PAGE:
Australia’s new exit plan

Australia’s commitment in Afghanistan will undergo some key changes as announced by Australian Prime Minister Julia Gillard in a recent speech at the Australian Strategic and Policy Institute in Canberra.
The Prime Minister reiterated the government’s will to begin withdrawing troops this year, which is foreseen to take between 12 and 18 months, and complete by the end of 2013, while most of the international troops will begin to pull out only in 2014. Of the 130.000 NATO troops from 50 countries present in Afghanistan, about 1.550 are Australian, mostly employed in the Urzugan province. They suffered 32 losses since 2001.

With the May 21st NATO Summit in Chicago approaching, Prime Minister Julia Gillard hopes the nations of the coalition will restate their commitment to this cause and stated that she will use “the opportunity that the Chicago summit creates to announce the details of increased Australian development assistance to Afghanistan through to 2015-16 – and of our commitment to maintain that contribution in subsequent years”. A small number of troops will be kept in the region to train Afghan troops.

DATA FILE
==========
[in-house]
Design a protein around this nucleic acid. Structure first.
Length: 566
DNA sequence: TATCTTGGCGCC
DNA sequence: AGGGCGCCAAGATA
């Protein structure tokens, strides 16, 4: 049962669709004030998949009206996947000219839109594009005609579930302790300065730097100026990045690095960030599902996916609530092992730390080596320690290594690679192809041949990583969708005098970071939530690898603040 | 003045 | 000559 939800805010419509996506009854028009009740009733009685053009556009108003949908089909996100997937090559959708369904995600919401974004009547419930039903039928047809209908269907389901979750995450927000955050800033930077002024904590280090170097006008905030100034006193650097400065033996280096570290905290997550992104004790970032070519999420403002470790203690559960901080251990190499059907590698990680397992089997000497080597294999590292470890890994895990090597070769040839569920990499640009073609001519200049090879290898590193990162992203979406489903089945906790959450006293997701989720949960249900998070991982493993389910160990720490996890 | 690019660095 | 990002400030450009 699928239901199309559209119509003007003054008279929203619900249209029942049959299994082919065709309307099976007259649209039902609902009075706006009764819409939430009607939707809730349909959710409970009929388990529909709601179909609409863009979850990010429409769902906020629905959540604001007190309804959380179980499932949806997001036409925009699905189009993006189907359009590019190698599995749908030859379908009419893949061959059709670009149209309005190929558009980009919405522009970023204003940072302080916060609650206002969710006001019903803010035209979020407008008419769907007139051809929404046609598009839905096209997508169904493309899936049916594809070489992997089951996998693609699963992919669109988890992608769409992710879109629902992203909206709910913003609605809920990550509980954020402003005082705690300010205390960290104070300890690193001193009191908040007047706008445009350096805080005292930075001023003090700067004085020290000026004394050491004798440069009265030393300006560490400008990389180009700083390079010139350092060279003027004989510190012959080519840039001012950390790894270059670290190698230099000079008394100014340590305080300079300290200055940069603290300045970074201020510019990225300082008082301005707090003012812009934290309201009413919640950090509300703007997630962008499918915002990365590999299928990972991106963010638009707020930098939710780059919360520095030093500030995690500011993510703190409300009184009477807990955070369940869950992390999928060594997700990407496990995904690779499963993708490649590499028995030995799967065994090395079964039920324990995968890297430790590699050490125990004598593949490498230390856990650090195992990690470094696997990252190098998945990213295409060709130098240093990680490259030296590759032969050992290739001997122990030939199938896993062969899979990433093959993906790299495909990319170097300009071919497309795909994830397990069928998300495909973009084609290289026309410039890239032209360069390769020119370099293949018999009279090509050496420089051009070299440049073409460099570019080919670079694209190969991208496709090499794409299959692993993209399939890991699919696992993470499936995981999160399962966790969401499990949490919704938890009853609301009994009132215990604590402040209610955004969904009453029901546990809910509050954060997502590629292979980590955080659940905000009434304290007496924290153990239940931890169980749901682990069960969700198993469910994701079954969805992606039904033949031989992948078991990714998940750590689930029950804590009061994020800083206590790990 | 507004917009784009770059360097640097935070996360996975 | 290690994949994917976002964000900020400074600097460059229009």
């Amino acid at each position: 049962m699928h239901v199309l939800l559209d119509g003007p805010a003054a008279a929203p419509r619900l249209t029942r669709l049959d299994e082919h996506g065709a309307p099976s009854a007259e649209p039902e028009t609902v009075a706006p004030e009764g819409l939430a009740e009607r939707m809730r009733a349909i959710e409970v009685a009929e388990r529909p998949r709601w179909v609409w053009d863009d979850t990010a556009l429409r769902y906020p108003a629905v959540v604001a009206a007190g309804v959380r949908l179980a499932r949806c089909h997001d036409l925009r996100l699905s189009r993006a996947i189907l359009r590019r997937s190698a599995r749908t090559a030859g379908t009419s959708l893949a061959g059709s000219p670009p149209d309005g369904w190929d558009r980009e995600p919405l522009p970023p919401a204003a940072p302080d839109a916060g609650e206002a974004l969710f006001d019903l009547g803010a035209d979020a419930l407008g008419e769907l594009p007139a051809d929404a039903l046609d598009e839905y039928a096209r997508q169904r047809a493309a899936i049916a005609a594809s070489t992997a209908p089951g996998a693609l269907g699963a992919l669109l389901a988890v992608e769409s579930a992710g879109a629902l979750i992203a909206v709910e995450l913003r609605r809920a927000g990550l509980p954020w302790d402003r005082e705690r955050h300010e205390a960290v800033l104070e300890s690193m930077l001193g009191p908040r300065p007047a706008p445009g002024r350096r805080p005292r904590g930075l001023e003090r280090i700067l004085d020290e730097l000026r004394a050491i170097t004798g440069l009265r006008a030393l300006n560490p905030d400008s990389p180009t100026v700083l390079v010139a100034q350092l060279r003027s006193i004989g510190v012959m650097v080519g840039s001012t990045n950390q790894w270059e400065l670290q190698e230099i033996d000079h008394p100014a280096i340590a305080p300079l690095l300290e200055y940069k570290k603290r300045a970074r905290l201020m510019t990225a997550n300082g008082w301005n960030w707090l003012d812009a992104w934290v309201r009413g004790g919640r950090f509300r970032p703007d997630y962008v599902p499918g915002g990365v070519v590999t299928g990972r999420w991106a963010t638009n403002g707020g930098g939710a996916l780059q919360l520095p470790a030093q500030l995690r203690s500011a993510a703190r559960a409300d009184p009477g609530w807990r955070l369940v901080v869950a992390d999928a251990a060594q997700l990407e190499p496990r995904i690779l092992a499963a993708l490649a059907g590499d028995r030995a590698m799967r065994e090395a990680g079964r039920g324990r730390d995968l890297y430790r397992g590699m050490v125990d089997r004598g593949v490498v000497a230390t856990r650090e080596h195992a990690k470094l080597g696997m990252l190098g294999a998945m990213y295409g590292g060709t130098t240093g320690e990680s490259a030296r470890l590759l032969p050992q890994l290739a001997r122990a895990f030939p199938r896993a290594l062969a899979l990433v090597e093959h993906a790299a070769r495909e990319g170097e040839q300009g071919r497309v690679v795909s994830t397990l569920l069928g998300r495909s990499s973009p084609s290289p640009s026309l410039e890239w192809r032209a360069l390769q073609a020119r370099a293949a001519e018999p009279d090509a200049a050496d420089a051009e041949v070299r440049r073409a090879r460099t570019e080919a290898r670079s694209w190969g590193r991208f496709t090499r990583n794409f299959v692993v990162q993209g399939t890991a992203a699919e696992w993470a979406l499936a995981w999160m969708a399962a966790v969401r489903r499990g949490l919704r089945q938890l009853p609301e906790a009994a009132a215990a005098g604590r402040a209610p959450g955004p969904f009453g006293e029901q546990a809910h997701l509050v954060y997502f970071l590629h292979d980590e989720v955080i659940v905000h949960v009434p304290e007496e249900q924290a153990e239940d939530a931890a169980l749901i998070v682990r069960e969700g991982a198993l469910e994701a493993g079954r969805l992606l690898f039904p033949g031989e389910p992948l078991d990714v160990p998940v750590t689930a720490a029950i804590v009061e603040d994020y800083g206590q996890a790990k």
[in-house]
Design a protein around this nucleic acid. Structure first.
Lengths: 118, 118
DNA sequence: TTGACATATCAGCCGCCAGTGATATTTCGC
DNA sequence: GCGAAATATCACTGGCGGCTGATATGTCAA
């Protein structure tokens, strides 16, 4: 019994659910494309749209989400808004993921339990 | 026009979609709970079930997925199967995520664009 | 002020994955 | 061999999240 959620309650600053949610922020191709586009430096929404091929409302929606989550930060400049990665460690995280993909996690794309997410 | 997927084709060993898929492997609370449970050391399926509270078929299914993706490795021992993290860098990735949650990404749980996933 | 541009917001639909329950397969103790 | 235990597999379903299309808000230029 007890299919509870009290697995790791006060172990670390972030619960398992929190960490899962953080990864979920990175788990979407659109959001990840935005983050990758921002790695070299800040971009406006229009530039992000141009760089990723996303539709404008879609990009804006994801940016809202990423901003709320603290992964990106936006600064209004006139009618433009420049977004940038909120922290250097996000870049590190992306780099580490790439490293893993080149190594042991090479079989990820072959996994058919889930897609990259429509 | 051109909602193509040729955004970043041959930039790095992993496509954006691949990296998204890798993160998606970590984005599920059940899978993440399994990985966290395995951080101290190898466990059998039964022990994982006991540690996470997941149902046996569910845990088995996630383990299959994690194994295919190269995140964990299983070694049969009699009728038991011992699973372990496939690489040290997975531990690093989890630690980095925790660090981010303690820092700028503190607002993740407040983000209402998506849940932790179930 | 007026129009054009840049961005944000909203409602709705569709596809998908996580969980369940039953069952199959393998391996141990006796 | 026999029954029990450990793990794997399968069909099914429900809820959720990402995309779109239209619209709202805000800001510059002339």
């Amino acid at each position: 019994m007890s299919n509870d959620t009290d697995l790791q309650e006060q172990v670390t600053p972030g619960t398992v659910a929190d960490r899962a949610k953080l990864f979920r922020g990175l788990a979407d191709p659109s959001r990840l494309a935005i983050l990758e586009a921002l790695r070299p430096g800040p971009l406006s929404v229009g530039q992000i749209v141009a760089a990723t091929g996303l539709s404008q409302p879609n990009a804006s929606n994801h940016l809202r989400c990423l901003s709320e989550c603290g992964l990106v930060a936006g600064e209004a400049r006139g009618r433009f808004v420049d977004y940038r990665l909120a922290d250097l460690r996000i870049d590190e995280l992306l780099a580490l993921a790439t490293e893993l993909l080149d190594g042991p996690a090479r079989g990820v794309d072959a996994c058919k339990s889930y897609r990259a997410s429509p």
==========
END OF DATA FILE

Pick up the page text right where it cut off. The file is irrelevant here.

The Prime Minister also stated that “the vital business of the Chicago summit in May” will be to “review our progress in transition – to map out how we intend to complete the handover of security responsibility to the Afghan Government”, a process of transition that has already begun in some areas of the south and the east of the Country where the Afghan National Security Forces have started taking the lead in security and “to ensure sustainment – to build the international commitment necessary to fund, train and support the Afghan National Security Forces after transition is complete”.